I think I’ll put this to rest for a while. My brain seems to have atrophied…I know!...that’s not necessarily a new condition. I may send this off to Tom and Stirlin and see if they can add something more intelligent.


September 23, 1995 - Once again, I’m back.


Not sure that I have anything to add, but I thought I’d make a comment or two regarding the MOBILE RIVERINE FORCES ASSOCIATION, of which I am a “plank owner.”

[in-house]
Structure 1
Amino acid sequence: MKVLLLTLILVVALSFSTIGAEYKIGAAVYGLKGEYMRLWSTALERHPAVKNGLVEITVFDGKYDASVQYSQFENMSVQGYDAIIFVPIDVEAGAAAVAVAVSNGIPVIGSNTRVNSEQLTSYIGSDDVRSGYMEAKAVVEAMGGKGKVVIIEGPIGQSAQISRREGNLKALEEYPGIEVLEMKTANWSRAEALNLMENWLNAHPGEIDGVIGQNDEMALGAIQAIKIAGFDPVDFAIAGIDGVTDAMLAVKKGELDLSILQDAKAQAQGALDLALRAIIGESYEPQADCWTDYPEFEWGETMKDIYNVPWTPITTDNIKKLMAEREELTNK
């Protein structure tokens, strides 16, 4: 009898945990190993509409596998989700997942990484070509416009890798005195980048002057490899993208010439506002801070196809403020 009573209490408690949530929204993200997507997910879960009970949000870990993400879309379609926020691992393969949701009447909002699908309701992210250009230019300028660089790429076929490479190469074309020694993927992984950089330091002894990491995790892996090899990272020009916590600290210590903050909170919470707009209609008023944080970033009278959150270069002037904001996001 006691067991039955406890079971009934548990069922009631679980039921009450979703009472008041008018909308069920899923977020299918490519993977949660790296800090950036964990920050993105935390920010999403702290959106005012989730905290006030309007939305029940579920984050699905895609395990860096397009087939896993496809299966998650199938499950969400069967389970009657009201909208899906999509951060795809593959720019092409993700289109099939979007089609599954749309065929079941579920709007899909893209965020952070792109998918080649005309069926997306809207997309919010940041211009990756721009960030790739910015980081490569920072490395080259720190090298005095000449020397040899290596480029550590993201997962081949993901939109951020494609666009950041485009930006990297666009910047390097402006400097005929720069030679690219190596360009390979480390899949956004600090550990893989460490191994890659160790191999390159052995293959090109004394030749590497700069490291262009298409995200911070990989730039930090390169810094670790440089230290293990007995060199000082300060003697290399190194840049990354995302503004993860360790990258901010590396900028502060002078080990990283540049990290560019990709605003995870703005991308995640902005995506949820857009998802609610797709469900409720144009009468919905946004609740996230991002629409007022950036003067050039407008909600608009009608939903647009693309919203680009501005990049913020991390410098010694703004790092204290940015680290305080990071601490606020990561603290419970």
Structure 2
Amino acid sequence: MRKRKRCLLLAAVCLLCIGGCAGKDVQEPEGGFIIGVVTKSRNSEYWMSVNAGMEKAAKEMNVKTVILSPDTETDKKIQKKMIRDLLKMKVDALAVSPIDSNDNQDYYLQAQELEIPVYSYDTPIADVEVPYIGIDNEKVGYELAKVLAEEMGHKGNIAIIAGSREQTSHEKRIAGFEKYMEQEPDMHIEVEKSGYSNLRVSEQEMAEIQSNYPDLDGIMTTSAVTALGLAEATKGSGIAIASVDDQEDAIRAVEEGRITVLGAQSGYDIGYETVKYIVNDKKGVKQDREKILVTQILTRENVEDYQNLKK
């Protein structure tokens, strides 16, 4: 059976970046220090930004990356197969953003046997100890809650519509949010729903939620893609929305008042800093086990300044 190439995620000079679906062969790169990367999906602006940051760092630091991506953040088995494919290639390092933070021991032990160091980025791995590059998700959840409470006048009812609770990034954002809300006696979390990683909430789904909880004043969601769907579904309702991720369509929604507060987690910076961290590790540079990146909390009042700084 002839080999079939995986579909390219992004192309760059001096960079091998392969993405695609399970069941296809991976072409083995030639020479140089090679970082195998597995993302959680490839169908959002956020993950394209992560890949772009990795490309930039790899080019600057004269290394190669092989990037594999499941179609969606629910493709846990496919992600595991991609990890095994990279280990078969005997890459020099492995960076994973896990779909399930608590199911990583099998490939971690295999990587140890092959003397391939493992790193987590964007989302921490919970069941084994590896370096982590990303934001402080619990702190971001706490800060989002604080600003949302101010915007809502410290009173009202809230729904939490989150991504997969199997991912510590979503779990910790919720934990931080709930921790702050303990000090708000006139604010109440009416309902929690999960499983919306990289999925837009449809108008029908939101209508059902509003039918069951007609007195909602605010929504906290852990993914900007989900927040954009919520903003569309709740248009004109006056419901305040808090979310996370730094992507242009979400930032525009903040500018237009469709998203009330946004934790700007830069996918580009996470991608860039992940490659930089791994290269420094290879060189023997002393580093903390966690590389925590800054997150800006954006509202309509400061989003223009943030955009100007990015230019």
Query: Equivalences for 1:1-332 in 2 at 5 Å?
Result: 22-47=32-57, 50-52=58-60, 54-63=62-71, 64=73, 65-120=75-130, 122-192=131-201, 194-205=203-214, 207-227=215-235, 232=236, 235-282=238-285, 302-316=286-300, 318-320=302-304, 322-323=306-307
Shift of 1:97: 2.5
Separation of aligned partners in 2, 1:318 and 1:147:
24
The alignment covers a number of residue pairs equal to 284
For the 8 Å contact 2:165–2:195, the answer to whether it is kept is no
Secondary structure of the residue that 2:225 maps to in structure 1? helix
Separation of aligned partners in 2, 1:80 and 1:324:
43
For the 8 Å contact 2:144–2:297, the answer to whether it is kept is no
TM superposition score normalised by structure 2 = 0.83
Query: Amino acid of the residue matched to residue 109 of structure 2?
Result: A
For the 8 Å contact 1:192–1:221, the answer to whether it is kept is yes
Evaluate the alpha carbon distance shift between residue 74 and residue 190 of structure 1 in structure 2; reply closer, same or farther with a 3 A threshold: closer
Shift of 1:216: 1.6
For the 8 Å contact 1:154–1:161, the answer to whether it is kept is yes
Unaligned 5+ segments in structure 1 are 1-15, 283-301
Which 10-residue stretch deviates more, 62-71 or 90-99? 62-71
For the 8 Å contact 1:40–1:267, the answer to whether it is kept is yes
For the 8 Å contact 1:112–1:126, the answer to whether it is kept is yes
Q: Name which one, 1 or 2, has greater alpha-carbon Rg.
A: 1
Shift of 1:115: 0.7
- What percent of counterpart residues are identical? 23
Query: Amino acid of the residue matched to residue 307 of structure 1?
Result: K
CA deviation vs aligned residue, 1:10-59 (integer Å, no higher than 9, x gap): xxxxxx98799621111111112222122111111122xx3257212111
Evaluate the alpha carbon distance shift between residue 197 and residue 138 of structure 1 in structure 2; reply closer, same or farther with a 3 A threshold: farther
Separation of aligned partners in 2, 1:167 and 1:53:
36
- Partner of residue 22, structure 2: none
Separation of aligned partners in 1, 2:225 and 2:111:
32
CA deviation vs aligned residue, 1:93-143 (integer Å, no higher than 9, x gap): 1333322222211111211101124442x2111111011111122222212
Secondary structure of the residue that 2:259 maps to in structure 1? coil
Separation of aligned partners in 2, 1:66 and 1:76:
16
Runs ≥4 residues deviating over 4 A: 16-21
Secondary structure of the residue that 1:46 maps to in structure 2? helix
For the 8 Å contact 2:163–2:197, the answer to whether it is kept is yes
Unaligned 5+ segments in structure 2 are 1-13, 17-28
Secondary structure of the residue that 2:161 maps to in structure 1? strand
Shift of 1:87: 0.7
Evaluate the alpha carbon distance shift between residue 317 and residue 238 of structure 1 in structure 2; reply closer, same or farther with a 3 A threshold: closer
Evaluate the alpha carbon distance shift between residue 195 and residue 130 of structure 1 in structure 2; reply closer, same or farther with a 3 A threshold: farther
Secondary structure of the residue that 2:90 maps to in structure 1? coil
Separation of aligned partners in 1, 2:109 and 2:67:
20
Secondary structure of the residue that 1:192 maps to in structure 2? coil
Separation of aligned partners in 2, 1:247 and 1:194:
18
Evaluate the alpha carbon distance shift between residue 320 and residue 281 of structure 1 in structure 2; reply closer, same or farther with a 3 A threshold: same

Recently the new SWIFTBOAT SAILORS ASSOCIATION was formed…and I am a member. It should be noted that without the efforts of the MRFA, this new organization would not exist. Through the efforts of some of the “plank owners” of the MRFA…who were/are SWIFTIES…many members of Coastal Squadron One (Swifts) have been located. The new fledgling association is growing very quickly and my understanding is that there is now a reunion planned for October, 1996, in Coronado, California. I will try very hard to make that trip. Will see. But again, without the efforts of the MRFA, none of this would be happening. I sincerely hope that the SWIFTBOAT SAILORS ASSOCIATION will acknowledge this work! Without their searching, I would not know the whereabouts of Crew 94A! A special thanks to the MRFA!!!